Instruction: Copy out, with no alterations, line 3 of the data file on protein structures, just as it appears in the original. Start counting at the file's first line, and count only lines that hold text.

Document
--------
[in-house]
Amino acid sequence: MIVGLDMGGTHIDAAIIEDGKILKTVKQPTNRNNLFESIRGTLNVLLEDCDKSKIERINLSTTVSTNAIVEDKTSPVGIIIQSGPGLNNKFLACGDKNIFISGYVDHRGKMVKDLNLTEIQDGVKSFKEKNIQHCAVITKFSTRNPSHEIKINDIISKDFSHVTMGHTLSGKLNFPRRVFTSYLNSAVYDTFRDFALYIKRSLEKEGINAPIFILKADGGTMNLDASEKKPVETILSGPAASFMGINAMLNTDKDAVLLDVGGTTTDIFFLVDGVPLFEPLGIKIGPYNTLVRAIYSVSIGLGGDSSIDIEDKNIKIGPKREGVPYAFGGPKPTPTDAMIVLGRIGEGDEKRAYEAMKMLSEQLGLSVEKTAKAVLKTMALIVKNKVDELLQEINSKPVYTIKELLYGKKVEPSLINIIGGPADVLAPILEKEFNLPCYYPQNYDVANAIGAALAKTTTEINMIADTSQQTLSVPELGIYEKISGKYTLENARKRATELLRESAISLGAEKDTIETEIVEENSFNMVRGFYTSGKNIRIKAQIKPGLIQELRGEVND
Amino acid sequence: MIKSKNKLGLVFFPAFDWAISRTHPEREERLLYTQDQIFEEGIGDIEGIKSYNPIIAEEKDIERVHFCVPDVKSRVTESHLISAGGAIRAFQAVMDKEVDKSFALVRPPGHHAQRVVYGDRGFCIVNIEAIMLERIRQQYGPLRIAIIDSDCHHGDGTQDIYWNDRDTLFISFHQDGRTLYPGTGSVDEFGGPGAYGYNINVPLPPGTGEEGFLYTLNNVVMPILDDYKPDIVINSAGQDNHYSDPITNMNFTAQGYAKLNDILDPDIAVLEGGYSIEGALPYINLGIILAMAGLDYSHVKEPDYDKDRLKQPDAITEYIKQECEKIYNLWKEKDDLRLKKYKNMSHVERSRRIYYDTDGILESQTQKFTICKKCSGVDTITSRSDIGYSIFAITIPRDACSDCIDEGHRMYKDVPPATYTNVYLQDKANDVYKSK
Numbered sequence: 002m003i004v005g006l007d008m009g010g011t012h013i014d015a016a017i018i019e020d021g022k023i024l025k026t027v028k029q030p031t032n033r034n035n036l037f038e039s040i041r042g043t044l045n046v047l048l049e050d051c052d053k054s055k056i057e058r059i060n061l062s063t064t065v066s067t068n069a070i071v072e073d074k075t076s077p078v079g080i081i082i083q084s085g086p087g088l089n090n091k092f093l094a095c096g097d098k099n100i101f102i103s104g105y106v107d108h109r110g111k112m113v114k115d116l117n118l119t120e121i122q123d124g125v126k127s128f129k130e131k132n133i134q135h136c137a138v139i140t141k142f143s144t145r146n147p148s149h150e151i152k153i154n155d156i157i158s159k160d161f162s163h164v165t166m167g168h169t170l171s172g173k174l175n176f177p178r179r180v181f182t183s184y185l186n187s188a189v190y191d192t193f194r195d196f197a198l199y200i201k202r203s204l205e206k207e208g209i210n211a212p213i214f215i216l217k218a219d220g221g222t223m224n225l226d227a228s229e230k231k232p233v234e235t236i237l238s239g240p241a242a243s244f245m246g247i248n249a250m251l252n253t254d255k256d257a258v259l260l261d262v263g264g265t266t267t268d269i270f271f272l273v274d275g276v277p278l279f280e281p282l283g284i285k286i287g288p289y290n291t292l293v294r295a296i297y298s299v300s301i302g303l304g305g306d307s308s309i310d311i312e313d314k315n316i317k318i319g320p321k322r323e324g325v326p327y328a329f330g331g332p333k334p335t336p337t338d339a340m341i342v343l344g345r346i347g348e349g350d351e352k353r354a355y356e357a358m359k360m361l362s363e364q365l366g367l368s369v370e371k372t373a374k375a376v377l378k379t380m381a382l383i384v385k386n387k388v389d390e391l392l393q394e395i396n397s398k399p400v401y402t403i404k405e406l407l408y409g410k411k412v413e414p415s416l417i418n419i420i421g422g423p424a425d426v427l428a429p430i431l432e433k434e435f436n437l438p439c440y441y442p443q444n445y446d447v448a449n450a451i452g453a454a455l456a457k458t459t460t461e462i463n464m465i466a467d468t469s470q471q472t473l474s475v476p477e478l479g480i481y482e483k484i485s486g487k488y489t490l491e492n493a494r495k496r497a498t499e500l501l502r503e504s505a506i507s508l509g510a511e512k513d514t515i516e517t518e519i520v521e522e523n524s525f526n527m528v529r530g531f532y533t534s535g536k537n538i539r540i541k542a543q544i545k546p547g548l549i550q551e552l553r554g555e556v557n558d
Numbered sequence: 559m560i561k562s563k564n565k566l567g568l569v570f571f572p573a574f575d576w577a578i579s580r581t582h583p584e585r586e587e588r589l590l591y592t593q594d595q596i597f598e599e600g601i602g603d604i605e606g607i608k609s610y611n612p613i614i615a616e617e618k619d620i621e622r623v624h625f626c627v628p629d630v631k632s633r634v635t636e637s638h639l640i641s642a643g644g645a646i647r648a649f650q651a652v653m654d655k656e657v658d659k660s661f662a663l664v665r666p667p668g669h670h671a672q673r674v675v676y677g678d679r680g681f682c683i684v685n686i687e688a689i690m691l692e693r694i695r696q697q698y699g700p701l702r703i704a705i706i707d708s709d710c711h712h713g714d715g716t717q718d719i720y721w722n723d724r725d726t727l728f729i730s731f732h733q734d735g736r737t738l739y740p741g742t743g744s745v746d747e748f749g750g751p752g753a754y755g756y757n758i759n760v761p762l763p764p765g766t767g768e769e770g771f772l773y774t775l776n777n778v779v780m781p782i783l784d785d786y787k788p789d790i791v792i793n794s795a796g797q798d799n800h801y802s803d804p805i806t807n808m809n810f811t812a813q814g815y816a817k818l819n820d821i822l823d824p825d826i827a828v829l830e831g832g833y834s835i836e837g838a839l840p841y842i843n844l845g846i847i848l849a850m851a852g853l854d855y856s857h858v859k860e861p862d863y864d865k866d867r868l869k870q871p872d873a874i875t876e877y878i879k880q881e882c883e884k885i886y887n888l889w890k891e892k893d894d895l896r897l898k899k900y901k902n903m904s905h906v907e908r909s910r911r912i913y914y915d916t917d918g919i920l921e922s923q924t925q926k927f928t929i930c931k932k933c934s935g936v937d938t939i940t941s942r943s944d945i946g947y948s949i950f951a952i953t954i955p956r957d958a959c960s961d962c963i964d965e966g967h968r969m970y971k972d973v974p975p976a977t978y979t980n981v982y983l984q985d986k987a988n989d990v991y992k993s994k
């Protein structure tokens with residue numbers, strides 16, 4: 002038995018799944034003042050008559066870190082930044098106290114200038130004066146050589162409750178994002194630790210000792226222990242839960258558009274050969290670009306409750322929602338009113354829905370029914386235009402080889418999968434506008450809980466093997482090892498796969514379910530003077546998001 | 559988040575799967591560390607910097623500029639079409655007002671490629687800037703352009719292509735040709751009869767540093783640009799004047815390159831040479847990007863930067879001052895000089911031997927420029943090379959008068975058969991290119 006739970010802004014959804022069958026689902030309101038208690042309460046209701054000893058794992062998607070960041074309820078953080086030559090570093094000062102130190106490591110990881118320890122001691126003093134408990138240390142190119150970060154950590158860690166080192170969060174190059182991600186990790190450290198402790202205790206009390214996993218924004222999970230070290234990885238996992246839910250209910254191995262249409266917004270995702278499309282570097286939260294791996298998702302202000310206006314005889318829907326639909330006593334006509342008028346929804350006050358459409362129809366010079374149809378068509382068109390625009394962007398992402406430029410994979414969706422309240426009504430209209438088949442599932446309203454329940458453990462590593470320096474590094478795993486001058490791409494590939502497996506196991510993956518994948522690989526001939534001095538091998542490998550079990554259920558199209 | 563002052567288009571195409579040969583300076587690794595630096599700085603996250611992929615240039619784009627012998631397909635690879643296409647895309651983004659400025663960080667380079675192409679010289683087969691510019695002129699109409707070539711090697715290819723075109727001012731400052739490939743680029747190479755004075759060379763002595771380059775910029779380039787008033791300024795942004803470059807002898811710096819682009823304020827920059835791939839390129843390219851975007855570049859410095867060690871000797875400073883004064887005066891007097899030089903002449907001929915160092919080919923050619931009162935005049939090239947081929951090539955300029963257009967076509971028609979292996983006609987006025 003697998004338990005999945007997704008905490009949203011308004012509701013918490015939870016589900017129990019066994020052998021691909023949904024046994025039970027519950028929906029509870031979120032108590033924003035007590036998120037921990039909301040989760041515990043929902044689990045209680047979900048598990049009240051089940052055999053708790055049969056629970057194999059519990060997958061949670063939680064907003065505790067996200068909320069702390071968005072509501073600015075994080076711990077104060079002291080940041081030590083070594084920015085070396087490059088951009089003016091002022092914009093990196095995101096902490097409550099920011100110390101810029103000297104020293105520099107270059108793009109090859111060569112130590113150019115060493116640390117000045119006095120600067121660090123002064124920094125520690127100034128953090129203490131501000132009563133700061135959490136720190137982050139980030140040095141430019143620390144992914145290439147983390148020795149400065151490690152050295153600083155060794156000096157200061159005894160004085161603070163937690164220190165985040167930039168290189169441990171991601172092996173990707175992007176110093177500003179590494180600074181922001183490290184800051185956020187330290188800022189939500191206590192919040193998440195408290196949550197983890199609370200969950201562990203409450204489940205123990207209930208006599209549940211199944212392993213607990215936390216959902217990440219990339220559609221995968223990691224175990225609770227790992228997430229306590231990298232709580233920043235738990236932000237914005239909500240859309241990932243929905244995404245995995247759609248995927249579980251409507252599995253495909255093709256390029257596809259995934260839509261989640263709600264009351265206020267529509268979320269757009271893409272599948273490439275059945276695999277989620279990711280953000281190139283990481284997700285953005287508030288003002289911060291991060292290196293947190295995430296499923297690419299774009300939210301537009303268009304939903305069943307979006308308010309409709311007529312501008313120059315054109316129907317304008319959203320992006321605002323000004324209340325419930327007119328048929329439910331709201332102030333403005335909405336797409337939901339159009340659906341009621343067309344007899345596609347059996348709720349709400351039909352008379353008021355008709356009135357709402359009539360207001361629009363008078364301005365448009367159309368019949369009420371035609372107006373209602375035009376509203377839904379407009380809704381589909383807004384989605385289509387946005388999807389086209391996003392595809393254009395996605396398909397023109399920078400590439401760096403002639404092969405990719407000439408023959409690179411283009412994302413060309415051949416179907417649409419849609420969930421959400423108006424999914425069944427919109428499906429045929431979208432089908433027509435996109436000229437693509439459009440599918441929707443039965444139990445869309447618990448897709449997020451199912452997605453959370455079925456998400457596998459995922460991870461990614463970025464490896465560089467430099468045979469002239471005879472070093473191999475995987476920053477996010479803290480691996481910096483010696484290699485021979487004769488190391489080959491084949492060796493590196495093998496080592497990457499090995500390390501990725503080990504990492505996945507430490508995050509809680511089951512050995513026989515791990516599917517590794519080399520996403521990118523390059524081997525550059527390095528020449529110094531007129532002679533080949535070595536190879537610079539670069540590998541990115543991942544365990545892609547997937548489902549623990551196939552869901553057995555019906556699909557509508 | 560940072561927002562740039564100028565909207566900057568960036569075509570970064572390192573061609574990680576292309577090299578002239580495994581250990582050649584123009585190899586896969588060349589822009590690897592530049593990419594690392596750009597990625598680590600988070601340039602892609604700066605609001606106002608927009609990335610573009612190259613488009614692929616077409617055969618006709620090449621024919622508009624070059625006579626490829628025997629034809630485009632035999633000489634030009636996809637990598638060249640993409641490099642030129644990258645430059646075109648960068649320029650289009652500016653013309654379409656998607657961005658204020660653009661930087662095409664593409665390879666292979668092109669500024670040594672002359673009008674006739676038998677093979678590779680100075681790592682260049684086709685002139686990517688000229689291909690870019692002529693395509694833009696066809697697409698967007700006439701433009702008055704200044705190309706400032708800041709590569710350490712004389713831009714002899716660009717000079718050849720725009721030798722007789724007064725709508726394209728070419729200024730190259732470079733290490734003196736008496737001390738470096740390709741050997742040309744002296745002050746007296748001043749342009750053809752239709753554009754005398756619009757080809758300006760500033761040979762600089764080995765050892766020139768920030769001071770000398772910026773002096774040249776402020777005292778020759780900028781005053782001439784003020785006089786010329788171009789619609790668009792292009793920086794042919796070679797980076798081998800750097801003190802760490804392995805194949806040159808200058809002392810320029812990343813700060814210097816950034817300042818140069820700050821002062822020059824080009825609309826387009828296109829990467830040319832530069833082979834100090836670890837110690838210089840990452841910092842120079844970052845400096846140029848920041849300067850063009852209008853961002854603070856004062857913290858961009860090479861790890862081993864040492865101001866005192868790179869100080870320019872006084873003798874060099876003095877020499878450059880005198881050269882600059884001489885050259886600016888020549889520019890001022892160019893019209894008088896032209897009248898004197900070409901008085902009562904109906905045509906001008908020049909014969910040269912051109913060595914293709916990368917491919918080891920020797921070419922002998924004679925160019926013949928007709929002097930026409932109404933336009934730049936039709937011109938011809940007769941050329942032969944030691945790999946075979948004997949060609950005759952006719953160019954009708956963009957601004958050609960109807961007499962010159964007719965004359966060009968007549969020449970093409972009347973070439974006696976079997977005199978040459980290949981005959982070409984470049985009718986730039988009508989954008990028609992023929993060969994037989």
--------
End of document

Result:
Amino acid sequence: MIKSKNKLGLVFFPAFDWAISRTHPEREERLLYTQDQIFEEGIGDIEGIKSYNPIIAEEKDIERVHFCVPDVKSRVTESHLISAGGAIRAFQAVMDKEVDKSFALVRPPGHHAQRVVYGDRGFCIVNIEAIMLERIRQQYGPLRIAIIDSDCHHGDGTQDIYWNDRDTLFISFHQDGRTLYPGTGSVDEFGGPGAYGYNINVPLPPGTGEEGFLYTLNNVVMPILDDYKPDIVINSAGQDNHYSDPITNMNFTAQGYAKLNDILDPDIAVLEGGYSIEGALPYINLGIILAMAGLDYSHVKEPDYDKDRLKQPDAITEYIKQECEKIYNLWKEKDDLRLKKYKNMSHVERSRRIYYDTDGILESQTQKFTICKKCSGVDTITSRSDIGYSIFAITIPRDACSDCIDEGHRMYKDVPPATYTNVYLQDKANDVYKSK